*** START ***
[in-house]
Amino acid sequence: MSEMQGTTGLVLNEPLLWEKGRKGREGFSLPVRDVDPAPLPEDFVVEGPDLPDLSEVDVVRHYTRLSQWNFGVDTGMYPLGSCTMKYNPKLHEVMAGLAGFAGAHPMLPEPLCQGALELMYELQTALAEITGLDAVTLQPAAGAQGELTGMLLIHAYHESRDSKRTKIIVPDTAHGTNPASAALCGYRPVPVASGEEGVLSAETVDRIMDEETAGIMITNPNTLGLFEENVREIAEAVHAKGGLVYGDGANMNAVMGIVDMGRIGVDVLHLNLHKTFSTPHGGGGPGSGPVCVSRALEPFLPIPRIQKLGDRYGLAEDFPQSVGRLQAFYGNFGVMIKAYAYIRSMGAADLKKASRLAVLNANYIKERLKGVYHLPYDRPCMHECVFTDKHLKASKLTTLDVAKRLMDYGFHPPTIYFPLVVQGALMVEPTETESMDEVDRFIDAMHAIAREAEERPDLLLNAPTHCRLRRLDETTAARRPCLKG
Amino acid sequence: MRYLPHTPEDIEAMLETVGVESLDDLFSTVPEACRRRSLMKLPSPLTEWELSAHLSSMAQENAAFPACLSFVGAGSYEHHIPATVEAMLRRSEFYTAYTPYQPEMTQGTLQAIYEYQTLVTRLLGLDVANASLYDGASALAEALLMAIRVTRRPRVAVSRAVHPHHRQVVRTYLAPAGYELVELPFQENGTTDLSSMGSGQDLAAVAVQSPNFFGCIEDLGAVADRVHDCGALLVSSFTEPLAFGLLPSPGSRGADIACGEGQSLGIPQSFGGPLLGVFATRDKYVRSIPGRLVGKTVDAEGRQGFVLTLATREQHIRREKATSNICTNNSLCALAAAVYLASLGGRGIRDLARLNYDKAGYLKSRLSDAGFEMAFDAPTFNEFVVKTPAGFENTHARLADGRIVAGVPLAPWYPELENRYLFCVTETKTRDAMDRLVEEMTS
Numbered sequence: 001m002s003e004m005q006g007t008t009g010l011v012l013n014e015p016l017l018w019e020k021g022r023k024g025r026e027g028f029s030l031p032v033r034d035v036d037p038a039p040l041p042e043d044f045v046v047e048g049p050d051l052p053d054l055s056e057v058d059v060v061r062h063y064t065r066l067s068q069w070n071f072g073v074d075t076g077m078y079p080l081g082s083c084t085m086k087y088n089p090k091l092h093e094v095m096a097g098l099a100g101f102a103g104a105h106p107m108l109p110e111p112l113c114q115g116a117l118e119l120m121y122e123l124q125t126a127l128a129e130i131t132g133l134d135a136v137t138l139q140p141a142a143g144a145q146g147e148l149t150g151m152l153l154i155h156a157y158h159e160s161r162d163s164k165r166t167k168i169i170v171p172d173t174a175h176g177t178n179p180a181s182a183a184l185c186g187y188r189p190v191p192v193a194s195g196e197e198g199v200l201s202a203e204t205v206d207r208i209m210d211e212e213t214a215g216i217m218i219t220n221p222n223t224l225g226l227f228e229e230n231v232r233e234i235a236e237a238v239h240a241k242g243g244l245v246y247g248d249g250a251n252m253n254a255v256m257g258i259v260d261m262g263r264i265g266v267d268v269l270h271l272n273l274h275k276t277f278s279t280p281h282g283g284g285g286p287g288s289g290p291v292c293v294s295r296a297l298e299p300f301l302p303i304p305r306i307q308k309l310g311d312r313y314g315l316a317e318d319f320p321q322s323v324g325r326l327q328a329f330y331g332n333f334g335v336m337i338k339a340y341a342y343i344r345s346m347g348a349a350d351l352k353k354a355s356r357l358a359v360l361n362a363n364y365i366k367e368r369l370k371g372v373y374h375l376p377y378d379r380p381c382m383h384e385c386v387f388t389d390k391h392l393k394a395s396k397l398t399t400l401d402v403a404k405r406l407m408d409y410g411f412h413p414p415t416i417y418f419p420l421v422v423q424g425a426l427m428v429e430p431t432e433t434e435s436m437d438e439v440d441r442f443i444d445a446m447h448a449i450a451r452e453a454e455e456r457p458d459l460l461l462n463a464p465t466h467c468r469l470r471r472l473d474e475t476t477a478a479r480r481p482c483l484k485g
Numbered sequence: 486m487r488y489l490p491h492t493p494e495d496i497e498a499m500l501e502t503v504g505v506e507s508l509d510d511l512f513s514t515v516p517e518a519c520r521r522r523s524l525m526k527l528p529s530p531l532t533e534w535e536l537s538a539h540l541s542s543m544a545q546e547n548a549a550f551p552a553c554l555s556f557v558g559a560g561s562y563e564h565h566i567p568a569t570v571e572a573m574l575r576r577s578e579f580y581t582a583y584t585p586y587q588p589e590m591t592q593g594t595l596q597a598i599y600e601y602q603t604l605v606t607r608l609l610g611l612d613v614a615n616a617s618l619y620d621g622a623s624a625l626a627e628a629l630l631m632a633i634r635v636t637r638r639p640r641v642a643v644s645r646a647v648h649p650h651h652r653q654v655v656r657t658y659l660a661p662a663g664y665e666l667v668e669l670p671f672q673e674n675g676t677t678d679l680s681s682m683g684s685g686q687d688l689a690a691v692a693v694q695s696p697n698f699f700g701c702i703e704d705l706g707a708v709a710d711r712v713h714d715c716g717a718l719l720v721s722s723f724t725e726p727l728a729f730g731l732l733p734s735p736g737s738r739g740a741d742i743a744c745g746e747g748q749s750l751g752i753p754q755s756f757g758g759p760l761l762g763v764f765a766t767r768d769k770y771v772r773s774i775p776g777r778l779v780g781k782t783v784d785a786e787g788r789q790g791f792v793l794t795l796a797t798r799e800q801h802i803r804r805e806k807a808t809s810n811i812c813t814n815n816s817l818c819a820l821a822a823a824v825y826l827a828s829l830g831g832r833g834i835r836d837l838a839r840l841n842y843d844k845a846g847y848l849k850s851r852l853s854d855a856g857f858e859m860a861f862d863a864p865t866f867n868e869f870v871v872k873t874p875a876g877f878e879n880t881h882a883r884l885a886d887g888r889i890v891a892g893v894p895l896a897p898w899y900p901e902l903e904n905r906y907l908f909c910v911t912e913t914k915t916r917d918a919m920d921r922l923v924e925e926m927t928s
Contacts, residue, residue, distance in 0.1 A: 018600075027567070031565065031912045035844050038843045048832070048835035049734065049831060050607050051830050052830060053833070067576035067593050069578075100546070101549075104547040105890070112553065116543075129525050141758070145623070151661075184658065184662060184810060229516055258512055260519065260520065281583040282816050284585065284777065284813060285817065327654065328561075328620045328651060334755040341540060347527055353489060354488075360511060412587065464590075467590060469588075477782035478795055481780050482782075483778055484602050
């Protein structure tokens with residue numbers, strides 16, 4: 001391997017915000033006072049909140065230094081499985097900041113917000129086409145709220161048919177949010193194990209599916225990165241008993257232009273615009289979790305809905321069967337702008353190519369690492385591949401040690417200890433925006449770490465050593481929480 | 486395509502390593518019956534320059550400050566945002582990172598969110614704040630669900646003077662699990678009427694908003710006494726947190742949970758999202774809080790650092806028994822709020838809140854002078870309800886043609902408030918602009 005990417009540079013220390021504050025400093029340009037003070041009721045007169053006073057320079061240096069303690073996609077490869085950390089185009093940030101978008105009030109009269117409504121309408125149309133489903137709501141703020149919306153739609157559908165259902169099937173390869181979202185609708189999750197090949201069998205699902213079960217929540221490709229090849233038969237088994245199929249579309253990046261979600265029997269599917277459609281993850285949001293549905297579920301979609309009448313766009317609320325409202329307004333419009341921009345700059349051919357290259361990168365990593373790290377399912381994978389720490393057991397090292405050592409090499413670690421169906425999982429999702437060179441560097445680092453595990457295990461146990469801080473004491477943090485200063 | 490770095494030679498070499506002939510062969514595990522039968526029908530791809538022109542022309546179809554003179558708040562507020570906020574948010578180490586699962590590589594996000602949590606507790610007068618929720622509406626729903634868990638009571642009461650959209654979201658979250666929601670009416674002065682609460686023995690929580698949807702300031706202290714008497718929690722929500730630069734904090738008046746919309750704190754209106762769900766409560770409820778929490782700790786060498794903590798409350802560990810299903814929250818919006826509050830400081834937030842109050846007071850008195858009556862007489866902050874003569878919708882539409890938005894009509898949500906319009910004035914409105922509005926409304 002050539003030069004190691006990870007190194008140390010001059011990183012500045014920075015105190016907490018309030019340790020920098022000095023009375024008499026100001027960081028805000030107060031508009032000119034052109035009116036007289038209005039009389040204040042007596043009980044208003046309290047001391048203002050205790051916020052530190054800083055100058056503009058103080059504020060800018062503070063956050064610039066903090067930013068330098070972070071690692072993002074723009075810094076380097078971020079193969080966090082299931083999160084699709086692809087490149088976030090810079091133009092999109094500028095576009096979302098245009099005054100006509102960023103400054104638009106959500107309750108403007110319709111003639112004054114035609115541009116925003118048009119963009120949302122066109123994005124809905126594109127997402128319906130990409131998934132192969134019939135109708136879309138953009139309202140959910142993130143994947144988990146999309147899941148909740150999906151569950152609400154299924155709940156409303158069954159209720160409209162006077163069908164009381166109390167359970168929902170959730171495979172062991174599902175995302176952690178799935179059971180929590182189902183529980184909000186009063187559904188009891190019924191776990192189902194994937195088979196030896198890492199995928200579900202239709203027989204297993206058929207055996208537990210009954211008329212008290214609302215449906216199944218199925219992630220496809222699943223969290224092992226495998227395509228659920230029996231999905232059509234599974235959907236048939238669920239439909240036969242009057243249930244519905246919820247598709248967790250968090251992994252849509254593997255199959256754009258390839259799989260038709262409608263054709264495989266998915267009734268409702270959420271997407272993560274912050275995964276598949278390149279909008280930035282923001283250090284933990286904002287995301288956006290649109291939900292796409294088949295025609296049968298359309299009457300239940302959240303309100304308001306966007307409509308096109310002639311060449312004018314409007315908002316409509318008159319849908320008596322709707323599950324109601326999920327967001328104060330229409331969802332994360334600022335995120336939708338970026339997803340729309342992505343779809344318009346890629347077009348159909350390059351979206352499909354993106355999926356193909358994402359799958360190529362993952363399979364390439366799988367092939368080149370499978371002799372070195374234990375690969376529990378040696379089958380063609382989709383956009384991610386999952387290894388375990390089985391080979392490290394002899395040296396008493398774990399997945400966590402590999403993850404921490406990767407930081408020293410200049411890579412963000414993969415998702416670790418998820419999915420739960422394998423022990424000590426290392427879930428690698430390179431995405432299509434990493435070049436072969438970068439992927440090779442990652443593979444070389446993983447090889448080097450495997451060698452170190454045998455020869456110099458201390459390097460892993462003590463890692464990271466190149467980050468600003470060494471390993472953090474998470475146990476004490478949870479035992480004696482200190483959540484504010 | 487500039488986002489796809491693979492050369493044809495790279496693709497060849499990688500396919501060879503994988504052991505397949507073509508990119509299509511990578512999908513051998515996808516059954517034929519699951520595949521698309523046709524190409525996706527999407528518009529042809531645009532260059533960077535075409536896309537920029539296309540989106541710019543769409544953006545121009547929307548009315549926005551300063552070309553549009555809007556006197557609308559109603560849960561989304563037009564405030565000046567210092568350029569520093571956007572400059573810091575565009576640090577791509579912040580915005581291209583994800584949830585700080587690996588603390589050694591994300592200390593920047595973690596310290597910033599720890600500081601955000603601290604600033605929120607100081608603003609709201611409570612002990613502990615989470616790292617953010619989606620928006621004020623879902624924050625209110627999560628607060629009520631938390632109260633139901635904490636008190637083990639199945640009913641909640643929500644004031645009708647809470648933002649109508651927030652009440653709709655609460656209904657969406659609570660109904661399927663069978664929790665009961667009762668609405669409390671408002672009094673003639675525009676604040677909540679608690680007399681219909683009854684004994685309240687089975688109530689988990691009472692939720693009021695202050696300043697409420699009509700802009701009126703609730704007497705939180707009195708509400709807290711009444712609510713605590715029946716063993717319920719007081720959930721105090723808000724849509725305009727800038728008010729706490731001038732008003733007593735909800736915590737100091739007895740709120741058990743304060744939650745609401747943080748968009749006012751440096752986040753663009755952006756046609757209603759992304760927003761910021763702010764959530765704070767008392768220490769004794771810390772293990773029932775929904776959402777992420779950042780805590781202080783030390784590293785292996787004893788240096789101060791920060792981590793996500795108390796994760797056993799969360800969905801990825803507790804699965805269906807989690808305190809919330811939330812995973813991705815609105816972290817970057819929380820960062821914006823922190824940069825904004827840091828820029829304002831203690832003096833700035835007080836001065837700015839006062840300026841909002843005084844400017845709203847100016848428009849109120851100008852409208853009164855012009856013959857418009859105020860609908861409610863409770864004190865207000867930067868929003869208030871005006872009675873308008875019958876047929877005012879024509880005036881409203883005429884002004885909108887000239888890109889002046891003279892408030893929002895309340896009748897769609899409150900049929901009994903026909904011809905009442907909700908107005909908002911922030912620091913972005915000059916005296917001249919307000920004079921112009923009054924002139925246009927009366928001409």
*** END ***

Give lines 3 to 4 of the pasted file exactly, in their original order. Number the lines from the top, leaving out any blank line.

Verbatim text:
Amino acid sequence: MRYLPHTPEDIEAMLETVGVESLDDLFSTVPEACRRRSLMKLPSPLTEWELSAHLSSMAQENAAFPACLSFVGAGSYEHHIPATVEAMLRRSEFYTAYTPYQPEMTQGTLQAIYEYQTLVTRLLGLDVANASLYDGASALAEALLMAIRVTRRPRVAVSRAVHPHHRQVVRTYLAPAGYELVELPFQENGTTDLSSMGSGQDLAAVAVQSPNFFGCIEDLGAVADRVHDCGALLVSSFTEPLAFGLLPSPGSRGADIACGEGQSLGIPQSFGGPLLGVFATRDKYVRSIPGRLVGKTVDAEGRQGFVLTLATREQHIRREKATSNICTNNSLCALAAAVYLASLGGRGIRDLARLNYDKAGYLKSRLSDAGFEMAFDAPTFNEFVVKTPAGFENTHARLADGRIVAGVPLAPWYPELENRYLFCVTETKTRDAMDRLVEEMTS
Numbered sequence: 001m002s003e004m005q006g007t008t009g010l011v012l013n014e015p016l017l018w019e020k021g022r023k024g025r026e027g028f029s030l031p032v033r034d035v036d037p038a039p040l041p042e043d044f045v046v047e048g049p050d051l052p053d054l055s056e057v058d059v060v061r062h063y064t065r066l067s068q069w070n071f072g073v074d075t076g077m078y079p080l081g082s083c084t085m086k087y088n089p090k091l092h093e094v095m096a097g098l099a100g101f102a103g104a105h106p107m108l109p110e111p112l113c114q115g116a117l118e119l120m121y122e123l124q125t126a127l128a129e130i131t132g133l134d135a136v137t138l139q140p141a142a143g144a145q146g147e148l149t150g151m152l153l154i155h156a157y158h159e160s161r162d163s164k165r166t167k168i169i170v171p172d173t174a175h176g177t178n179p180a181s182a183a184l185c186g187y188r189p190v191p192v193a194s195g196e197e198g199v200l201s202a203e204t205v206d207r208i209m210d211e212e213t214a215g216i217m218i219t220n221p222n223t224l225g226l227f228e229e230n231v232r233e234i235a236e237a238v239h240a241k242g243g244l245v246y247g248d249g250a251n252m253n254a255v256m257g258i259v260d261m262g263r264i265g266v267d268v269l270h271l272n273l274h275k276t277f278s279t280p281h282g283g284g285g286p287g288s289g290p291v292c293v294s295r296a297l298e299p300f301l302p303i304p305r306i307q308k309l310g311d312r313y314g315l316a317e318d319f320p321q322s323v324g325r326l327q328a329f330y331g332n333f334g335v336m337i338k339a340y341a342y343i344r345s346m347g348a349a350d351l352k353k354a355s356r357l358a359v360l361n362a363n364y365i366k367e368r369l370k371g372v373y374h375l376p377y378d379r380p381c382m383h384e385c386v387f388t389d390k391h392l393k394a395s396k397l398t399t400l401d402v403a404k405r406l407m408d409y410g411f412h413p414p415t416i417y418f419p420l421v422v423q424g425a426l427m428v429e430p431t432e433t434e435s436m437d438e439v440d441r442f443i444d445a446m447h448a449i450a451r452e453a454e455e456r457p458d459l460l461l462n463a464p465t466h467c468r469l470r471r472l473d474e475t476t477a478a479r480r481p482c483l484k485g